Tuesday, September 21, 2004

Dancing about Architecture

I've been recently wrestling with the idea of how to write about music. It is the subject of the seminar I am teaching, and a good part of my blog and my academic writings are attempts to communicate ideas about an aural artform without using any sound. The difficulties lie in the assumptions that must be made about the knowledge of the audience. Throwing out solf├Ęge syllables or Roman numerals can evoke aural images in some people, but not others. Mentioning composers to represent a specific sound relies upon the audience's familiarity with the oeuvres of those composers. Metaphors assume the audience has similar associations between aural and visual stimuli, or that certain images signify universal emotions.

Kyle Gann has been critiquing composer's bios, complaining that Uptown composers are too focused on awards, not enough on what the music sounds like. As a contrast, he cites a Downtown composer's website that gets to the music immediately.
Lukas Ligeti's music is a unique fusion of acoustic and electronic, traditional and avantgarde, Occidental, African, and other influences. [Immediately he tells you what kind of music he writes. What a great idea!]

This description does assume a knowledge of how acoustic and electronic music can fuse, what the difference is between traditional and avantgarde music, and is still very incomplete ("and other influences").

Swinging on the other side is A.C. Douglas, who believes that music should be heard, not written about:

It makes no bloody difference how and why the music was composed, and no-one but a fellow composer, a specialist, or an intellectual poseur looking to add to his store of esoteric or inside information, gives a rat's ass about any of that of-no-consequence tripe. All that matters -- the only thing that matters -- is the music itself. If the music doesn't itself, by itself, say what needs to be said about it, it's ipso facto crap, and no amount of verbiage by its composer will serve to make it anything other.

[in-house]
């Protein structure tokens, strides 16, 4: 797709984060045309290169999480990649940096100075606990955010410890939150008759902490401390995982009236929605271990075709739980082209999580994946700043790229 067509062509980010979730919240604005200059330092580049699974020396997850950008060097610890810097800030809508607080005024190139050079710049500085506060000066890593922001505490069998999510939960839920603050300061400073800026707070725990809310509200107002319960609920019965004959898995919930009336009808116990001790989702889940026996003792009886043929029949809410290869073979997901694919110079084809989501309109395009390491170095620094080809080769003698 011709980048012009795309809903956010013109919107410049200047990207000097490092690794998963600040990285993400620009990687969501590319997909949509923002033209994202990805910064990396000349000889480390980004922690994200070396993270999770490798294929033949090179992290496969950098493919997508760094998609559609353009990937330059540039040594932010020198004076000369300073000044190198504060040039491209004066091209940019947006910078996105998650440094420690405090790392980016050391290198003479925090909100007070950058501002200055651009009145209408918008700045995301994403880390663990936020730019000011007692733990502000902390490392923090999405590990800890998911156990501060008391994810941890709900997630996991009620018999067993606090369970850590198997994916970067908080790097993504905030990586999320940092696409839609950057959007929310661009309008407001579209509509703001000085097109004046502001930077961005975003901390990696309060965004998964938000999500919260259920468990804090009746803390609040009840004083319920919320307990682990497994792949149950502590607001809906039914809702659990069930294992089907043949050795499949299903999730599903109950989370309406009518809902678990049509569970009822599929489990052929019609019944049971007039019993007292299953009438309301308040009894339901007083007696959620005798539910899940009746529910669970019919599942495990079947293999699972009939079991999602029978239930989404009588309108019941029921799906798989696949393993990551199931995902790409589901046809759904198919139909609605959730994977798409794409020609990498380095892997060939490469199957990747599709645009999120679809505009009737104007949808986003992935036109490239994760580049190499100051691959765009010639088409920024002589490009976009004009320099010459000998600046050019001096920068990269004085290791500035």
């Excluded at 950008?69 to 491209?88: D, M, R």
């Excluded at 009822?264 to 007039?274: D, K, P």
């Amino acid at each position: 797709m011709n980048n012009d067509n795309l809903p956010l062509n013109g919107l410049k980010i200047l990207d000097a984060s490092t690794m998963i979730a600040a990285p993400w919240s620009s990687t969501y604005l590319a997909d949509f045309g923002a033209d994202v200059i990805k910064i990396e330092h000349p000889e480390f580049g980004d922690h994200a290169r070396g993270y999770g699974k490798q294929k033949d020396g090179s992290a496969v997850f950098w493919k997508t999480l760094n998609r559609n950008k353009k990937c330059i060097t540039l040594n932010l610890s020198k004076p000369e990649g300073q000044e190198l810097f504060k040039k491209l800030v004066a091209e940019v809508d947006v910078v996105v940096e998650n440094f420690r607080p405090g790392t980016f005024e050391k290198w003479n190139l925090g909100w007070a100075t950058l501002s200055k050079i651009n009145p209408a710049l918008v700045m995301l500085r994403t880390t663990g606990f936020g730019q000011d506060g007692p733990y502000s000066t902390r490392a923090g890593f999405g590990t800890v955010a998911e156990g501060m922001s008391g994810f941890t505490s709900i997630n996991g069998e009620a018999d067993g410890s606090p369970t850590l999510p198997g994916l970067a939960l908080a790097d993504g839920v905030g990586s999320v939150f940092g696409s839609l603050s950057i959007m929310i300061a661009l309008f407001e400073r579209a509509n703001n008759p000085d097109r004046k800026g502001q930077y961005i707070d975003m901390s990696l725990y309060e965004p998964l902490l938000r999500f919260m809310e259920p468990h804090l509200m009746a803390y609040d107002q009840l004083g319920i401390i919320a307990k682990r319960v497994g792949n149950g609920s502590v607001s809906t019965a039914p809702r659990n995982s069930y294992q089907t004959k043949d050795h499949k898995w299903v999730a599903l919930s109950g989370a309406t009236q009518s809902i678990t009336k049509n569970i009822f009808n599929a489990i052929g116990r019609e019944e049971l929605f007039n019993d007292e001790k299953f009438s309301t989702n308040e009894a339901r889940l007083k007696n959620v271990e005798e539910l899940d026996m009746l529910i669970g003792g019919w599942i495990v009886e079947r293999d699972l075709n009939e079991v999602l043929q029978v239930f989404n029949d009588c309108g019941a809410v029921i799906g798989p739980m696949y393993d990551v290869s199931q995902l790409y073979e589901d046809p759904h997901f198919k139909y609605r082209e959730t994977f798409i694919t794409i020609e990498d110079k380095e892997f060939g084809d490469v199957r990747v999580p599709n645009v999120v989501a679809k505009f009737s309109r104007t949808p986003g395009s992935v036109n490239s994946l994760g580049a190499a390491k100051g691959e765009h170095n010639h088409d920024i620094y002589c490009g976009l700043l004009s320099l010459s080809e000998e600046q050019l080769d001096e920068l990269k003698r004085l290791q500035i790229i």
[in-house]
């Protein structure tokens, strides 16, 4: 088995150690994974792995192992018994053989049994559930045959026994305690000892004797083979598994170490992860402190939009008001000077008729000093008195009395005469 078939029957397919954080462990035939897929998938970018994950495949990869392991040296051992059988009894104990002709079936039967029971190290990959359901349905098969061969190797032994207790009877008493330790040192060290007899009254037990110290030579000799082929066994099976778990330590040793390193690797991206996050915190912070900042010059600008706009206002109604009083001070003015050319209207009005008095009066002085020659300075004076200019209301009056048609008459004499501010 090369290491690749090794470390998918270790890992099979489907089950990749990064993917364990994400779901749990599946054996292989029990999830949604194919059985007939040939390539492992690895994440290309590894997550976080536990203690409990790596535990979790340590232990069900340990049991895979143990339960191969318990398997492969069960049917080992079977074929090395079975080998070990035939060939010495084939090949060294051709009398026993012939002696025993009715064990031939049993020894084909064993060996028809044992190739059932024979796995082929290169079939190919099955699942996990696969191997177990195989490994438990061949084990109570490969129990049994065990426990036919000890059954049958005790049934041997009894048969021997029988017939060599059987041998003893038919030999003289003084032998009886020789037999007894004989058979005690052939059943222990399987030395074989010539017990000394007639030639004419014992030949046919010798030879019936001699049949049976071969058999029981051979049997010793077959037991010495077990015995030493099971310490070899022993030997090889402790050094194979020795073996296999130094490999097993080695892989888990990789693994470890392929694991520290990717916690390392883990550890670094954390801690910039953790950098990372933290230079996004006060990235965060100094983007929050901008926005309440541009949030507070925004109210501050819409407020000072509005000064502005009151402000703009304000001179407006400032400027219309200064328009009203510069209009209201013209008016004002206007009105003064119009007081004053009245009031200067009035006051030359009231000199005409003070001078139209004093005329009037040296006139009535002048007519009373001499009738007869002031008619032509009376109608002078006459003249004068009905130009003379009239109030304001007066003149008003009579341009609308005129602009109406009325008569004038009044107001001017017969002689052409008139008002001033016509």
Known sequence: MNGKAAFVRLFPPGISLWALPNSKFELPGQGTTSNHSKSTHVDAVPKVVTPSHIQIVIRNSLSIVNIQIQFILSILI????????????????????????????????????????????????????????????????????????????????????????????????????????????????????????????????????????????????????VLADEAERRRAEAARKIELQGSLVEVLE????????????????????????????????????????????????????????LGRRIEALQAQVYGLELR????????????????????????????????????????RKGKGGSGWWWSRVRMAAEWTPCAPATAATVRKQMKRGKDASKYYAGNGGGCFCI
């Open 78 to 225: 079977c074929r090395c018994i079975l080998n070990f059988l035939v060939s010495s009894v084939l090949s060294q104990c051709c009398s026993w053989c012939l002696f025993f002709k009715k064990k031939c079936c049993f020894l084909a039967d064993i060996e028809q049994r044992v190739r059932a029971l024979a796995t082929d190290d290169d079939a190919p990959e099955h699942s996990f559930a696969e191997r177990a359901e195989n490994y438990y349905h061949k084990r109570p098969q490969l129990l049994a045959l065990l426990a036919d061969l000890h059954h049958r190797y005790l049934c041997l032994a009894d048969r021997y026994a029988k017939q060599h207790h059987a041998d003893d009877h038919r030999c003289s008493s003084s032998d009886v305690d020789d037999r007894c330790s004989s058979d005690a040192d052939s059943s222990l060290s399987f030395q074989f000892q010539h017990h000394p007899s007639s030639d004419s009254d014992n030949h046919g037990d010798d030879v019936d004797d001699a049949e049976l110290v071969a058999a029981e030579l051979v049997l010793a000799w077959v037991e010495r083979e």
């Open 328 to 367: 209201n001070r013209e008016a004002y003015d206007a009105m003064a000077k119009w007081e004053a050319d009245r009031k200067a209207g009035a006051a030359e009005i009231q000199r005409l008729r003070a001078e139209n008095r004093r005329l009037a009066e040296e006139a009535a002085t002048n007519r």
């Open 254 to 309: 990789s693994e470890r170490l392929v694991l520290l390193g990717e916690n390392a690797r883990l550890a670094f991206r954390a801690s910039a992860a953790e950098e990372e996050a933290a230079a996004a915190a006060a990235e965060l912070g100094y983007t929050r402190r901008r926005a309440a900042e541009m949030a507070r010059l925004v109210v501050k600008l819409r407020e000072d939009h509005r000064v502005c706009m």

What is strange about this criticism is that two posts below in the same blog, ACD is describing technical aspects of the Prelude to Wagner's Das Rheingold as part of his series on the Ring for the neophyte. And in posts below that he describes aspects of how the whole opera series was composed, with a focus on the philosophical issues that influenced Wagner's decisions. I see no difference between ACD's description of Wagner and Lukas Ligeti's description of his own music, beyond the assumptions that are made about the audience's knowledge.

If we rely only upon the music to speak for itself, then the only valid review of a performance is a recording of that performance, and the only valid description of a composition is the score. But where then is the opportunity for communication about musical ideas, the chances to change minds and increase beauty? ACD feels that the struggles of the composer are not important to the music, but why should that be? The beauty of any work of art is the fact that it was created by a human being (or animal if you want to push the definition). Some sort of material was rearranged by a person to create something of aesthetic value. If the rearrangement was done by natural forces, such as a windswept cliff, beauty was created but not art. After all, "art" is short for "artifice." So if the value of art lies in its creation by a person, surely the story of that person, especially the story of that person's struggle to create the artwork, contributes to the aesthetic value of that art. I do not think knowledge of biographical or technical information about an artwork is a necessary or sufficient condition for the appreciation of that work, but it is foolish to think that such knowledge could not contribute to said appreciation.

No comments: